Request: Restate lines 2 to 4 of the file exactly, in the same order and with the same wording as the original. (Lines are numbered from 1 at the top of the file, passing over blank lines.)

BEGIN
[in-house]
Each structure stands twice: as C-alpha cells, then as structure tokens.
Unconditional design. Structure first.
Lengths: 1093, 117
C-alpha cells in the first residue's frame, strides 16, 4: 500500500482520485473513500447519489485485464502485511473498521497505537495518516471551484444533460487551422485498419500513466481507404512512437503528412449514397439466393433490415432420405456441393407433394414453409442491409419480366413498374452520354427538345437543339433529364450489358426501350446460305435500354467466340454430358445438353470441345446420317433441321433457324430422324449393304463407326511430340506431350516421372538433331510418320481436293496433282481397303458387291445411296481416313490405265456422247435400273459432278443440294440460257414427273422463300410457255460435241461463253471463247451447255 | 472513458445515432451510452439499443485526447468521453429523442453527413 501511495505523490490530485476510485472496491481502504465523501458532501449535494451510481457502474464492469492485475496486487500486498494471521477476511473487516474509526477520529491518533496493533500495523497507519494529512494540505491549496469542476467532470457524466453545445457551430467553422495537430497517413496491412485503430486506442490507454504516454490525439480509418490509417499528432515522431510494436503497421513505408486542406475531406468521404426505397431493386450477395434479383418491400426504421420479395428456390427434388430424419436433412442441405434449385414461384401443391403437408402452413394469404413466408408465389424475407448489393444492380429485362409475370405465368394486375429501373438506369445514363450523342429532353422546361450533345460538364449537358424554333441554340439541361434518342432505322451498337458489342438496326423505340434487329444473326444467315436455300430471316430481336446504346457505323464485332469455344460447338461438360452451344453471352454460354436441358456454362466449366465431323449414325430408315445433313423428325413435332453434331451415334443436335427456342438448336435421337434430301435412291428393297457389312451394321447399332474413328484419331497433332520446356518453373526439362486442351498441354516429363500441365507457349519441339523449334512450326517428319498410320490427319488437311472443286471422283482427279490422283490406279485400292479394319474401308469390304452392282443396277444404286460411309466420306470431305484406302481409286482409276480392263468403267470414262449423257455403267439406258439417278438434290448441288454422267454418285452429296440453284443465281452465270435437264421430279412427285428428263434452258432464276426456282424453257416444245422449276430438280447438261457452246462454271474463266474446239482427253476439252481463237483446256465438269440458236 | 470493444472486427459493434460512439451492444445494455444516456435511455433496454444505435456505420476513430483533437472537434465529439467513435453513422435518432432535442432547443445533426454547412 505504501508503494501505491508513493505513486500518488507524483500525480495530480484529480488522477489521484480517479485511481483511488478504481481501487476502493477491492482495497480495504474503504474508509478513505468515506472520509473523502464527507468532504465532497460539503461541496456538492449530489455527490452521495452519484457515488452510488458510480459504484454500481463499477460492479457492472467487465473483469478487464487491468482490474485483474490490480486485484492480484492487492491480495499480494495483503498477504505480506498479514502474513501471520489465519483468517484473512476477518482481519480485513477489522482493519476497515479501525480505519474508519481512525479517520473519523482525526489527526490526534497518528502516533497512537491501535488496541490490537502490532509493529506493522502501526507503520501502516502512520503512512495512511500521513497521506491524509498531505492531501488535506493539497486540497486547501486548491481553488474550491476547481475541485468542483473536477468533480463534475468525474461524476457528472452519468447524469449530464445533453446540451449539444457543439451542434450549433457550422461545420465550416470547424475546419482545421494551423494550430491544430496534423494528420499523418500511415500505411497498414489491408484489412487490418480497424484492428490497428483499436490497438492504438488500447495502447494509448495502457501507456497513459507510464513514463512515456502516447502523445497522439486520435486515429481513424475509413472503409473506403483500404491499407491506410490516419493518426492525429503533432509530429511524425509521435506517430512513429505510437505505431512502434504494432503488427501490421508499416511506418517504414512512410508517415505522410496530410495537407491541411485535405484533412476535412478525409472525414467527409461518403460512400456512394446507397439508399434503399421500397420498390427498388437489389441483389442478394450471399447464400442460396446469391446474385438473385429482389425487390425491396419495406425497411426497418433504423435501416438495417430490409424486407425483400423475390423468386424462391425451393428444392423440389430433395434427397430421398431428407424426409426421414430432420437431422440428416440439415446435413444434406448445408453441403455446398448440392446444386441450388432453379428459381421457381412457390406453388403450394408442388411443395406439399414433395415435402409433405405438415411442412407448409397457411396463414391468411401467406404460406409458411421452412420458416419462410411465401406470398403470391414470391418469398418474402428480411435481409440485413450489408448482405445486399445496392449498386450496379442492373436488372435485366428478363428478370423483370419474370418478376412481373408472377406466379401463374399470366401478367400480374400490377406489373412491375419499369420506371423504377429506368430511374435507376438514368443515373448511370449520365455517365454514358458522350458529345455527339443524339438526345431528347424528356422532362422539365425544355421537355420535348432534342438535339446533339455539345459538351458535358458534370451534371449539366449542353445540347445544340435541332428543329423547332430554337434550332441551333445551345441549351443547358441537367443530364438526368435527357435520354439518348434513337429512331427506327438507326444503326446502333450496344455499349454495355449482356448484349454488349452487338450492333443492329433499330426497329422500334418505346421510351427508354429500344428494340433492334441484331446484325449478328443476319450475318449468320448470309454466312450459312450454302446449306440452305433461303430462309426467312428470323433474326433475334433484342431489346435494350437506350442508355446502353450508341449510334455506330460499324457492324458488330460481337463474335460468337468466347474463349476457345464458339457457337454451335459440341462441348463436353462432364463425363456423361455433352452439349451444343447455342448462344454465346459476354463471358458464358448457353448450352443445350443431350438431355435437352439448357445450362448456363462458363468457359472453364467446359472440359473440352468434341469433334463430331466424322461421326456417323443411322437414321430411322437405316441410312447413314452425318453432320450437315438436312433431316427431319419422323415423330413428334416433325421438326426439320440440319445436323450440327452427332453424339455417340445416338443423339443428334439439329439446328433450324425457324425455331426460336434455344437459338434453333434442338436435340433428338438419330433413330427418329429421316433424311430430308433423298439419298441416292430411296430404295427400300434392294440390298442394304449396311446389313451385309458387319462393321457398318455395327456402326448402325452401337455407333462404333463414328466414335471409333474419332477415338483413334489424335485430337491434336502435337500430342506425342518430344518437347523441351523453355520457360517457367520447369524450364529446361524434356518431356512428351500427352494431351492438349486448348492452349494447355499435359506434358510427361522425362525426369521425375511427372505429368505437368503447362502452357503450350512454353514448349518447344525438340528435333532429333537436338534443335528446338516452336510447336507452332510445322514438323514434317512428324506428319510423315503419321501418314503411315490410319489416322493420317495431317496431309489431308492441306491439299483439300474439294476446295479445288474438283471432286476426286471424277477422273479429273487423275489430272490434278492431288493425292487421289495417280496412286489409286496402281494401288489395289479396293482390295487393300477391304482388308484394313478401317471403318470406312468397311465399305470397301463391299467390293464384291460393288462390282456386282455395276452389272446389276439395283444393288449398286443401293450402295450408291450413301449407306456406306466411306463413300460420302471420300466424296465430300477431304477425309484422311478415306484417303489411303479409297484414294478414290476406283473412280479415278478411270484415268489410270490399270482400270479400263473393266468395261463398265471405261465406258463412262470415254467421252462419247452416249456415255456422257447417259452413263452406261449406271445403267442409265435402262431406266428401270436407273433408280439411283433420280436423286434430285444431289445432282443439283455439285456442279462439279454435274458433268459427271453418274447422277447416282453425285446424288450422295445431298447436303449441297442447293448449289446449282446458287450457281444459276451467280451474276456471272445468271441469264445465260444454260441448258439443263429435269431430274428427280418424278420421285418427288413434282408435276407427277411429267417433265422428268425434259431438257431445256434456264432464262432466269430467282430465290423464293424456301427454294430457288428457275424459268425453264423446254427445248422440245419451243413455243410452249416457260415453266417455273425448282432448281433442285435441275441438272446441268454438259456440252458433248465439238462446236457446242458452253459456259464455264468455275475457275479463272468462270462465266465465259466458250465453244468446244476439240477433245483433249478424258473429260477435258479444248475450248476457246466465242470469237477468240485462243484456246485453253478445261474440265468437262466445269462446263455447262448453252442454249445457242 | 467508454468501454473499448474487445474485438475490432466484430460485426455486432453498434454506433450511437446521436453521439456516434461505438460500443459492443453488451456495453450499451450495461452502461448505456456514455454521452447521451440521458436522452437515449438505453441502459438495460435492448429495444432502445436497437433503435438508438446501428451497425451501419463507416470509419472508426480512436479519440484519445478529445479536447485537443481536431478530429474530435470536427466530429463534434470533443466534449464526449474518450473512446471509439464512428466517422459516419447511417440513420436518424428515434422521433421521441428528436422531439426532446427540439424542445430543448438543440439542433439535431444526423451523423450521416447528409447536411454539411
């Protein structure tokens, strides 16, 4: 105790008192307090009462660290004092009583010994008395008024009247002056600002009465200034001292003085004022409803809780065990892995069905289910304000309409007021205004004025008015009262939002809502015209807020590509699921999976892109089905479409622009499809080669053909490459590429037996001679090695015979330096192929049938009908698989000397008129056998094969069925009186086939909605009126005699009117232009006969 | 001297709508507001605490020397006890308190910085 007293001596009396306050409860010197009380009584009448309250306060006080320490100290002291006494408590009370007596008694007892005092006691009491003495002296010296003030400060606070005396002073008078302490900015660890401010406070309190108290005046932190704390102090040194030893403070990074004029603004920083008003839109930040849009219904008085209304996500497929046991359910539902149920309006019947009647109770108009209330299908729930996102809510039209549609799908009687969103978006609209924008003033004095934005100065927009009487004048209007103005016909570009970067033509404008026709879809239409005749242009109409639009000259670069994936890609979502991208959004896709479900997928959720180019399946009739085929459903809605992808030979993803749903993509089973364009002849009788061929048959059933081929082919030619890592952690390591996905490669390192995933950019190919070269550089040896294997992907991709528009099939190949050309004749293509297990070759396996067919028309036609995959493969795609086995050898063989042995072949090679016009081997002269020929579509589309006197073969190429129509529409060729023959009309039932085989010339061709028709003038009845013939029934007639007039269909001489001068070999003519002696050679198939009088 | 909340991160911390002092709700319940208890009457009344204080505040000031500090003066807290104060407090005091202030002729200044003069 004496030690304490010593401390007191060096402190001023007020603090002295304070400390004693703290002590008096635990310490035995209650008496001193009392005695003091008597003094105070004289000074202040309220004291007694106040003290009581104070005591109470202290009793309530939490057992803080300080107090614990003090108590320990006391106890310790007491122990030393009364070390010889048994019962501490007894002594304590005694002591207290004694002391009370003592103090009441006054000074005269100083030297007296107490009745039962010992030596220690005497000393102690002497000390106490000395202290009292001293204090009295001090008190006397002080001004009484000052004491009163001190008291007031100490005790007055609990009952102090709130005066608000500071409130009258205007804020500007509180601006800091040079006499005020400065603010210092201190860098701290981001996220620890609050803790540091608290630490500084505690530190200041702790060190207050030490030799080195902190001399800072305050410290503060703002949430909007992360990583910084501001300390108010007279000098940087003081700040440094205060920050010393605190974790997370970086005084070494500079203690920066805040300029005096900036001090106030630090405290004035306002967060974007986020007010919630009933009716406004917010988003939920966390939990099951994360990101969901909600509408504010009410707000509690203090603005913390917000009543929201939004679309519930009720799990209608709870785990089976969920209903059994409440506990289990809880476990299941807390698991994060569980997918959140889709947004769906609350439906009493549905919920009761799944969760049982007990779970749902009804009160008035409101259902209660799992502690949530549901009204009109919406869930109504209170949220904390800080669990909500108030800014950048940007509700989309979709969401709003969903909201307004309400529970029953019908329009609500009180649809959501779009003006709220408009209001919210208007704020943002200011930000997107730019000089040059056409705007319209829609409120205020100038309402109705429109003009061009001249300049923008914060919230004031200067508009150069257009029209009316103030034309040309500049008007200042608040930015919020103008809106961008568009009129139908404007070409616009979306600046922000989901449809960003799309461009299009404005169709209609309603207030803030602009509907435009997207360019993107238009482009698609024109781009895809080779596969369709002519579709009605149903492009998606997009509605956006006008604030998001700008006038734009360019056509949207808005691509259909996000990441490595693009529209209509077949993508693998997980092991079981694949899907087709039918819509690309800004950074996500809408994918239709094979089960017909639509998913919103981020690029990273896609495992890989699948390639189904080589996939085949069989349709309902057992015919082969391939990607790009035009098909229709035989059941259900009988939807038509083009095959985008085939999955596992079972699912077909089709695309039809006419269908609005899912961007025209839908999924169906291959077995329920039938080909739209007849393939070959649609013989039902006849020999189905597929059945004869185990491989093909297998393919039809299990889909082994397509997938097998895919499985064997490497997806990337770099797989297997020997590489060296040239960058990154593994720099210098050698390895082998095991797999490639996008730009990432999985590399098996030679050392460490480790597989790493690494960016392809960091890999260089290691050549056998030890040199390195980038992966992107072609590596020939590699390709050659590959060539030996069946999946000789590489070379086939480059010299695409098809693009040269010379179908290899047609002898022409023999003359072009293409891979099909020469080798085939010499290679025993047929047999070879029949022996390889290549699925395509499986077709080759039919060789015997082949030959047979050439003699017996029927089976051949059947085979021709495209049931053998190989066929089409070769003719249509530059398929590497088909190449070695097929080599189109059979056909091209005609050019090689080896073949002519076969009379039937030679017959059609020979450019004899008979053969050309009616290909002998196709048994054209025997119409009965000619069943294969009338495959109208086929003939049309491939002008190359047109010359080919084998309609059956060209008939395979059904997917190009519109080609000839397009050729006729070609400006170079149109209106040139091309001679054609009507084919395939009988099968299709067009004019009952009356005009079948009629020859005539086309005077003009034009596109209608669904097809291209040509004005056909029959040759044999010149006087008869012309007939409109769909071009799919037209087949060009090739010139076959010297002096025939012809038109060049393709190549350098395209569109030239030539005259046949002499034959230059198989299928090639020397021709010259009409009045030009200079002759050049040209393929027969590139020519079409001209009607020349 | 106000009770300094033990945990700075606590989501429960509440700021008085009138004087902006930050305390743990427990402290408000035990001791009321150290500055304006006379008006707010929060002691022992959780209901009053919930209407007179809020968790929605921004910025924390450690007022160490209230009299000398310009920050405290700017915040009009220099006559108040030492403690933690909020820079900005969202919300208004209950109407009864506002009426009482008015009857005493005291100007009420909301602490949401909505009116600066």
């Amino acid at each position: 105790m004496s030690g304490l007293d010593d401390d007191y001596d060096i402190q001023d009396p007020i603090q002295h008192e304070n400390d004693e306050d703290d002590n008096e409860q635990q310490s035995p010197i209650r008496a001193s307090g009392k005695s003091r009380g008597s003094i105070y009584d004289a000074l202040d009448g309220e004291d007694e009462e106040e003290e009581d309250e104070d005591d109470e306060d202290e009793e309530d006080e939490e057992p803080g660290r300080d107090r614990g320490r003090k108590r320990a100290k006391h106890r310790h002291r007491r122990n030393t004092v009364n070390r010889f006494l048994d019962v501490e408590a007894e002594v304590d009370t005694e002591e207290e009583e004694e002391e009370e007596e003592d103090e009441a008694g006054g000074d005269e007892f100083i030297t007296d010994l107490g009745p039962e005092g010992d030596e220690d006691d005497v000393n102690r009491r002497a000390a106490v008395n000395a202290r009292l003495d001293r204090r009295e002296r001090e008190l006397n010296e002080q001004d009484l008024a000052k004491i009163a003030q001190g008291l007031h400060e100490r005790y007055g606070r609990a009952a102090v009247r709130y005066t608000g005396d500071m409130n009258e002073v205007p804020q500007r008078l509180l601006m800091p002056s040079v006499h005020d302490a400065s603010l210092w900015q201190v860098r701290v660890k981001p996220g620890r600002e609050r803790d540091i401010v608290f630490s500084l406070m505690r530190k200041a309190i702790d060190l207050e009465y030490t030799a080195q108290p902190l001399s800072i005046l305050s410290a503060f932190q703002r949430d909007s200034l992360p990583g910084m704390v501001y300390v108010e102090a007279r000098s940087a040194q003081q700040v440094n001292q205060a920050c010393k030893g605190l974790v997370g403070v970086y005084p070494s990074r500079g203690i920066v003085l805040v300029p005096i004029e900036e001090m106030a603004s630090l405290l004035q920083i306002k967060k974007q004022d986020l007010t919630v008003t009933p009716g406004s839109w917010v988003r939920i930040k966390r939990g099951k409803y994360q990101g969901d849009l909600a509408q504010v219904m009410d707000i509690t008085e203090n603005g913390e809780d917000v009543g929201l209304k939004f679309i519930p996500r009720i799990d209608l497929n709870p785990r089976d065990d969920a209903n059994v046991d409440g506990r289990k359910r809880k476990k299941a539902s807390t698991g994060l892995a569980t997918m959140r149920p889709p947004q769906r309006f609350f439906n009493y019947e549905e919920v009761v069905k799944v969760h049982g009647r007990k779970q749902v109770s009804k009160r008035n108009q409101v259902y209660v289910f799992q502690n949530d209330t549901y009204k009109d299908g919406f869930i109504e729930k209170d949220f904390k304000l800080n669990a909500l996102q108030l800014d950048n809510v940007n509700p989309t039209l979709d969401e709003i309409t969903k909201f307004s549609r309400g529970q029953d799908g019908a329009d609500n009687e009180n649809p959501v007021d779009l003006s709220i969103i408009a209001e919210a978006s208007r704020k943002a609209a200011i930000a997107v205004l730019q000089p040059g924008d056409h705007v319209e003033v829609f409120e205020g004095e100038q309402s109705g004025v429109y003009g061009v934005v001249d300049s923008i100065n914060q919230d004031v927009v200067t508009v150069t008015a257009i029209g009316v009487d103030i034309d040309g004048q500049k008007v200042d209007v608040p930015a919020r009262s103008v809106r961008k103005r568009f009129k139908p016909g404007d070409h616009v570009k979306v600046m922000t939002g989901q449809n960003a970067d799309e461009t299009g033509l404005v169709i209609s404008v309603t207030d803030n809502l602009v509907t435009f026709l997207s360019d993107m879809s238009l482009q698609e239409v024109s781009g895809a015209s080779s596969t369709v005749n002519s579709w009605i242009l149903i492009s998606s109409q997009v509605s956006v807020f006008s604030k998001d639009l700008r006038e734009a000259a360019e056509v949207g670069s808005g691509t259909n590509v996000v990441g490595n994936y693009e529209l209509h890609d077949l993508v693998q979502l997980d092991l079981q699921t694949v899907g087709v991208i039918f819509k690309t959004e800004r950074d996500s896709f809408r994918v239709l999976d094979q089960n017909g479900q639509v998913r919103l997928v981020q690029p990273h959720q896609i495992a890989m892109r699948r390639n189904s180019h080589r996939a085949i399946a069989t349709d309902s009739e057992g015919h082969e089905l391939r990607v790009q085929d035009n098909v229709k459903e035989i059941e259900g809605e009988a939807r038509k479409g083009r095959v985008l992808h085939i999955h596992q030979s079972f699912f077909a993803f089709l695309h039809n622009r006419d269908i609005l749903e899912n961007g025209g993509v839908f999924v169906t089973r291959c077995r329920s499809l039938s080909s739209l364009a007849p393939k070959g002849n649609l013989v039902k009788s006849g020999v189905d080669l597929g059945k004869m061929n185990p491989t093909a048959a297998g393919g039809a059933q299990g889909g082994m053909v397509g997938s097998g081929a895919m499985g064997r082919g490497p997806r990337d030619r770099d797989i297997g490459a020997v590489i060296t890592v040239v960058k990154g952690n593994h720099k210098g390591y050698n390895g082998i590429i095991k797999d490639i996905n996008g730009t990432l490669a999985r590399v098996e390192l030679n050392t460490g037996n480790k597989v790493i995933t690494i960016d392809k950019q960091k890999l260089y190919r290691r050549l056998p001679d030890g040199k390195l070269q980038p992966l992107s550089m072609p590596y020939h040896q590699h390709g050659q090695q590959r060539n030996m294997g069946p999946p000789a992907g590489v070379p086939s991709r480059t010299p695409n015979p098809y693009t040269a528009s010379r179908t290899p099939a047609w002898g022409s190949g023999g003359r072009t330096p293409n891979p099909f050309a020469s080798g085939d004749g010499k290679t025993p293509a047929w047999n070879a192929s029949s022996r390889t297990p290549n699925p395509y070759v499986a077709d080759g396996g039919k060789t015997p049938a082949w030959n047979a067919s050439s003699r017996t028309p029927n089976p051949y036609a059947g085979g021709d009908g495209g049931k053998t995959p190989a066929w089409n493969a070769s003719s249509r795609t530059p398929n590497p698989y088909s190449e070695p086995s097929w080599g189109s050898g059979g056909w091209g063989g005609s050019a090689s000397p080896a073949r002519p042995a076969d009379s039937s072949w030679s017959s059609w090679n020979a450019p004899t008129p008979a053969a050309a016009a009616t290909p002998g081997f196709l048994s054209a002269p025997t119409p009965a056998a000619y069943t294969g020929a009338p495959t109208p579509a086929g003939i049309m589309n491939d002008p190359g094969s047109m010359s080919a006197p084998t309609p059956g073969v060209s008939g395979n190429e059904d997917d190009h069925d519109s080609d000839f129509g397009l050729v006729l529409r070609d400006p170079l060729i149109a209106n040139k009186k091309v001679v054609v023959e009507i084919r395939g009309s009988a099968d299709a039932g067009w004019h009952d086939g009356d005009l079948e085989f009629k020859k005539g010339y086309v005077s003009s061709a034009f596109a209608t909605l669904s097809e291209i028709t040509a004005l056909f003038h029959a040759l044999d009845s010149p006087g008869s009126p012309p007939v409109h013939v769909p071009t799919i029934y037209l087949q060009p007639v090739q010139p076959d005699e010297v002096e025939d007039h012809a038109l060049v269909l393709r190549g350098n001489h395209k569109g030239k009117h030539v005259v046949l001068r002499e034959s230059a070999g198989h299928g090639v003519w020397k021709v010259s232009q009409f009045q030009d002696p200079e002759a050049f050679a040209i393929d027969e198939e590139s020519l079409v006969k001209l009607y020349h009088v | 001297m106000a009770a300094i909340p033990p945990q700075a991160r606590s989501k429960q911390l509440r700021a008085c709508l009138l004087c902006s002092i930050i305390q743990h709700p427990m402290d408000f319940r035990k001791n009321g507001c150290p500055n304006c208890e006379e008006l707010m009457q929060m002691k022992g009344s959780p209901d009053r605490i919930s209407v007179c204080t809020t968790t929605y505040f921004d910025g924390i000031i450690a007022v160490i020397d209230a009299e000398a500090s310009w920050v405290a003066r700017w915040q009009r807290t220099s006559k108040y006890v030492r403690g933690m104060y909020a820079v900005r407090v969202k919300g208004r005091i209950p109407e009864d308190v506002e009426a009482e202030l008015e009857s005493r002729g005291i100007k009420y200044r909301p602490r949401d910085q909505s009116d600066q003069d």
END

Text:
Each structure stands twice: as C-alpha cells, then as structure tokens.
Unconditional design. Structure first.
Lengths: 1093, 117